Understanding the basics of donations tax and how it works.
Article written by Danisha Naidu, Candidate Attorney, checked Jayna Hira, Associate and released by David Hepburn, Partner at Schindler Attorneys
27 May 2021
This article aims to investigate the concept and principle of donations tax and how it works.
What is it?
The Income Tax Act 58 of 1962, as amended (“the Act”) defines a “donation” as:
“The gratuitous disposal of property, including any gratuitous waiver or renunciation of a right. This could include the donation of immovable property or the waiver of a contractual right.”
Who pays donation tax?
Donations tax arises in respect of donations made by South African tax resident donors. There is no donations tax payable in respect of donations by non-residents to residents. It is payable by the person (natural or juristic) making the donation ( i.e. the donor)
At what rate is donations tax levied by the South African Revenue Service (“SARS”)?
Donations tax is levied at the rate of 20% on the aggregated value of the donation property, provided that it does not exceed R30 million. In the event that the value of the donation exceeds R30 million the value in excess of R30 million will be taxed at the rate of 25%.
The above tax rates came into effect on 1 March 2018.
How does one declare a donation to SARS?
Once the donor has made the donation, the donor must complete a Form IT144 – Declaration by the donor and submit same to a SARS branch. This form must be submitted together with the donor’s proof of payment. Whilst submission of the above form must be filed manually at a SARS branch, the donor cannot effect payment for same at a SARS branch and can only make payment via one of the below methods:
- Electronic Funds Transfer (EFT)
- Payment at a bank
While the recipient of the donation (“the donee”) is not liable to pay donations tax on the donation, the donee is obliged to declare the amount donated on his or her tax return, as an “Amount Considered Non-Taxable”.
By when must donations tax be paid?
Donations tax must be paid at the end of the month following the month in which the donation was made. SARS, however, has the discretion to grant leniency in this regard.
In the event that a donor fails to pay the donations tax levied on the donation within the prescribed time, or at all, both the donor and the donee may be held jointly and severally liable for the payment of same in terms of section 59 of the Act.
When are donations exempt form donations tax?
- In terms of section 56(1) of the Act, donations that are entirely exempt from donations tax include donations made to one’s spouse, any sphere of government, a registered political party, and those donations made in terms of a testator’s/trix last will and testament.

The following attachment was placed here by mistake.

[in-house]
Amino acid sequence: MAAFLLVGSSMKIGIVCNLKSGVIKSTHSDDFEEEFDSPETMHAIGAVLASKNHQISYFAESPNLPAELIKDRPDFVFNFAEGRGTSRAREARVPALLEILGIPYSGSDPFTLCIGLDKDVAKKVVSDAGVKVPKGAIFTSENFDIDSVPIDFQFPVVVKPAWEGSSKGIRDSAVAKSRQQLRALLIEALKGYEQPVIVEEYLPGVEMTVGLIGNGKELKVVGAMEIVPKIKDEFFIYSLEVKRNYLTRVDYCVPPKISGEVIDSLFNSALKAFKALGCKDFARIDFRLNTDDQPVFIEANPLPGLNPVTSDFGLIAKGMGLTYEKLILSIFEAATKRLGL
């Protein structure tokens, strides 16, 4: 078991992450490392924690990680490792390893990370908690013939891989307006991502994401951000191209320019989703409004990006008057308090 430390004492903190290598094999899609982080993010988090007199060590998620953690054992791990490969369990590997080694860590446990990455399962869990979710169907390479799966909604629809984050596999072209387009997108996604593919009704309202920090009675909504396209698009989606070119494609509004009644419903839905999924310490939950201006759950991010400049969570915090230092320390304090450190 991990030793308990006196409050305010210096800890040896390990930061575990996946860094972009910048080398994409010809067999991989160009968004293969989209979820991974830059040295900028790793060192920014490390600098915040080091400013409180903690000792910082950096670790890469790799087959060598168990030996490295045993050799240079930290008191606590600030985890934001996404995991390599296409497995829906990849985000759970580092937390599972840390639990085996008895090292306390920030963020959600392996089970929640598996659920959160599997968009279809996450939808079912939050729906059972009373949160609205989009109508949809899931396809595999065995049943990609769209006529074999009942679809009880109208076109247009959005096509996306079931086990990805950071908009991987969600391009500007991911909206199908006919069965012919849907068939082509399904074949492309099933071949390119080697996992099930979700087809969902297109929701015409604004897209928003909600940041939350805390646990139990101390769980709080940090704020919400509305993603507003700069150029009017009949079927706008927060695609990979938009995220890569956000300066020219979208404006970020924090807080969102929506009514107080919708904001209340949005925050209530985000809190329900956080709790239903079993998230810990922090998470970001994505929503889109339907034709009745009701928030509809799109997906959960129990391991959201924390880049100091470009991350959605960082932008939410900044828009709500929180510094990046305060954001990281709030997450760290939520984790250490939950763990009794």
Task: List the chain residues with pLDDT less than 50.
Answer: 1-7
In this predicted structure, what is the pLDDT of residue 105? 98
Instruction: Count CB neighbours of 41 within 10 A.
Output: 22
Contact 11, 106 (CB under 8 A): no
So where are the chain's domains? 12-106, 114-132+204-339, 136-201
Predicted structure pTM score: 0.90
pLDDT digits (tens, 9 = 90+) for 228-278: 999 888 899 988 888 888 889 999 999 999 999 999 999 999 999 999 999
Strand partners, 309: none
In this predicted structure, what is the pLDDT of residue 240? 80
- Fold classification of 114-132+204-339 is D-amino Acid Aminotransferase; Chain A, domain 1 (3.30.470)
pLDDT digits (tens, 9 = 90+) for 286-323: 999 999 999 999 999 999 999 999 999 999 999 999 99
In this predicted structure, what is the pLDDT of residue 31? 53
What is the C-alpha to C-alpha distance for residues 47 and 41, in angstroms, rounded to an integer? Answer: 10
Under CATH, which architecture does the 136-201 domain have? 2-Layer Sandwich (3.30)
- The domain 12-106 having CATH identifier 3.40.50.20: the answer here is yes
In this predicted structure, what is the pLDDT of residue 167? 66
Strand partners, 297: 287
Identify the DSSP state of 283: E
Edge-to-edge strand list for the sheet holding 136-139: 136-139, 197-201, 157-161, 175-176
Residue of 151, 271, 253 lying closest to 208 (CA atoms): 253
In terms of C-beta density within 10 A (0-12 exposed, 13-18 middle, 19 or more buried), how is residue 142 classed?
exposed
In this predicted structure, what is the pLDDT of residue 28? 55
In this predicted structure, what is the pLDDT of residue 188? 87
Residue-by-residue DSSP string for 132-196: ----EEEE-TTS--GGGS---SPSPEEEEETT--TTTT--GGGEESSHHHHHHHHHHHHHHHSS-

- Donations made to approved Public Benefit Organisations (“PBOs”) are also exempt from tax, as long as the donation does not exceed 10% (“Ten Percent”) of the donor’s taxable income in that specific year of assessment.
- For donors that are juristic persons, such as companies or trusts, the exemption is limited to donations not exceeding R10,000 (“Ten Thousand Rand”) per year of assessment.
- With regard to natural persons, the first R100,000 (“One Hundred Thousand Rand”) of property donated is exempt per year of assessment.
As a brief example, if a parent donates property to the value of R1 million (“One Million Rand”) to his / her child, the parent would have to pay donations tax on the amount exceeding R100,000 (One Hundred Thousand Rand) of the said donation. The donations tax in this instance would be calculated as follows:
(The value of the property – the R100,000 exemption) x 20%
(R1,000,000 – R100,000) x 20%
R900,000 x 20%
= R180,000.00 payable by the donor as donations tax.
- Any donation made toward the bona fide maintenance of another person is exempt from donations tax. However, this is subject to the Commissioner of SARS deeming the maintenance as reasonable.
While it might seem unfair to be taxed for your kindness, donations carry a tax obligation and one cannot escape it by feigning ignorance. Thus, it is important for one to fully understand the concept and principle of donations tax when making a donation.
Understanding the basics of donations tax.
 Section 55(1) of the Income Tax Act 58 of 1962 (the “ITA”).
 Section 64(1) of the ITA.
 Form ITR12.
 Section 60(1) of the ITA.
 It should be noted that these donations are not automatically exempt, as the relevant PBO must possess a section 18A certificate, which you must then submit when declaring the donation, along with the other relevant documentation.
 Section 56(2)(a) of the ITA.
 This percentage applies as the donation is below the R30 million threshold.
 Section 56(2)(c) of the ITA.